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1990 Eugene V. Debs - Norman Thomas - Michael Harrington Dinner

The 32nd Annual Dinner was held on Friday, May 4 at the Midland Hotel. This event only had one honoree, Arthur Loevy, Secretary Treasurer of the Amalgamated Clothing and Textile Workers Union. Joyce Miller presented the award. The featured speaker was Cecil Roberts, Vice President of the United Mine Workers of America, who spoke on "Victory Over Pittston: Lessons for the Progressive and Labor Movements in the 1990s". The Master of Ceremonies was Sue Purrington. Music was provided by Alan Schwartz. This was, incidentally, the first Dinner after Michael Harrington's death and his name was added to the Dinner in his memory.
1990 Program Book Cover

Arthur R. Loevy

You have continued the progressive labor tradition of Sidney Hillman, Frank Rosenbloom and Murray Finley,

Your union has been a pioneer in the fields of health and housing, and

Your continued commitment to the needs of your members had led you to nurture and expand these programs, and

Your union has been in Labor's forefront working for a more humane and democratic foreign policy, and

You have demonstrated your understanding of labor's larger role in the world by your work for democracy in Central America.

This 4th day of May, 1990, the Eugene V. Debs - Norman Thomas - Michael Harrington Award is hereby presented to you for your lifetime of devotion to the cause of working men and women.

The Debs-Thomas-Harrington Address


Cecil Roberts, Vice President United Mine Workers of America

We realized early on that Pittston didn't want a contract because they didn't want to meet their economic and social responsibilities. But, we didn't strike initially. That's what the bosses wanted us to do. We've got to stop doing what the bosses want us to do. Instead, we were busy for fourteen months: traveling, studying at the Dr. Martin Luther King, Jr. Center in Atlanta, trying to deal with the grievances piling up. Pittston was busy too: they cut off our health care, their pension contribution, violated health and safety rules.

Pittston wanted a strike, so after fourteen months, we gave them one. Not the one they wanted, though. They didn't think that a predominantly white rural work force would follow the teachings of Dr. King. But we did. We sat down.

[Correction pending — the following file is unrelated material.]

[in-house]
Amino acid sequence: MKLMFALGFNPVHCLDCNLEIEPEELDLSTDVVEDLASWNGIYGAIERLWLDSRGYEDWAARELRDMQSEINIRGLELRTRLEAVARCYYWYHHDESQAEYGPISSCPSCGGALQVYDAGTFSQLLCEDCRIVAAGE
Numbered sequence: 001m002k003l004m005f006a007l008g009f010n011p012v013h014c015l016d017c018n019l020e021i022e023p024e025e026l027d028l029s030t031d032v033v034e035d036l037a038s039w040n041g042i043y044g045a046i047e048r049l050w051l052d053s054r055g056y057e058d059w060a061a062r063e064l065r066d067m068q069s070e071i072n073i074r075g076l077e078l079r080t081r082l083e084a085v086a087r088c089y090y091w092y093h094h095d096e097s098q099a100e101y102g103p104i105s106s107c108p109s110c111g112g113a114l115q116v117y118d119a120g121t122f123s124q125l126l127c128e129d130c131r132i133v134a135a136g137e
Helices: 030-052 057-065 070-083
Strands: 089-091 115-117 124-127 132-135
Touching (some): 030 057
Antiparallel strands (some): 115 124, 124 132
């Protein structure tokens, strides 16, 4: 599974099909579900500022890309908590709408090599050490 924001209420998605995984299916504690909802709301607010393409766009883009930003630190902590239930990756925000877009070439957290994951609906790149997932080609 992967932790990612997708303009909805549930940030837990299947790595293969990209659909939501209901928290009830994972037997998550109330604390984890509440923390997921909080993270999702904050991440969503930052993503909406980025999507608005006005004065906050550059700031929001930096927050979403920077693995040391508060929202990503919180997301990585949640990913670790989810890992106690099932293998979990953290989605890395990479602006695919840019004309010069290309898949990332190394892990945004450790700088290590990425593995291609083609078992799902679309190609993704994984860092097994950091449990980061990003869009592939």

That's when we really saw our tax dollars at work. The Virginia State Police came running to haul 300 pound coal miners out of the road.

Our main tactic was nonviolent civil resistance. This requires men and women of courage. Men and women who don't need weapons. But who might need bail.

It was hard to see the enemy directly in this strike. It was not just a strike against the company, but a strike against the Federal and State governments, the courts, against Pittston's many subsidiaries that would try to produce what we weren't, against the power of money. Pittston used their money to try to hire every scab who could crawl across into Virginia. Whatever money the UMWA has had is for the social good of the people of this country.

We had many friends to support us during this strike. But one in particular really stands out. Someone who was willing to stand with us from the very beginning, before there were many-- that's Jesse Jackson. Jesse was at the first rally when I used a phrase in my speech that was to become the slogan of the strike, "We won't go backwards. NO, we won't go back."

There was no greater courage shown in this country than that of the civil rights activists of the '60s. They gave us an invaluable lesson: that we can derive strength from one another; replace hate with love. There 'ain't nobody gonna turn us around.'

These days there is a sure recipe for defeat in the labor movement. It goes like this: A judge issues an injunction; the union leadership says, let's obey that injunction; the company hires scabs. The end. Defeat.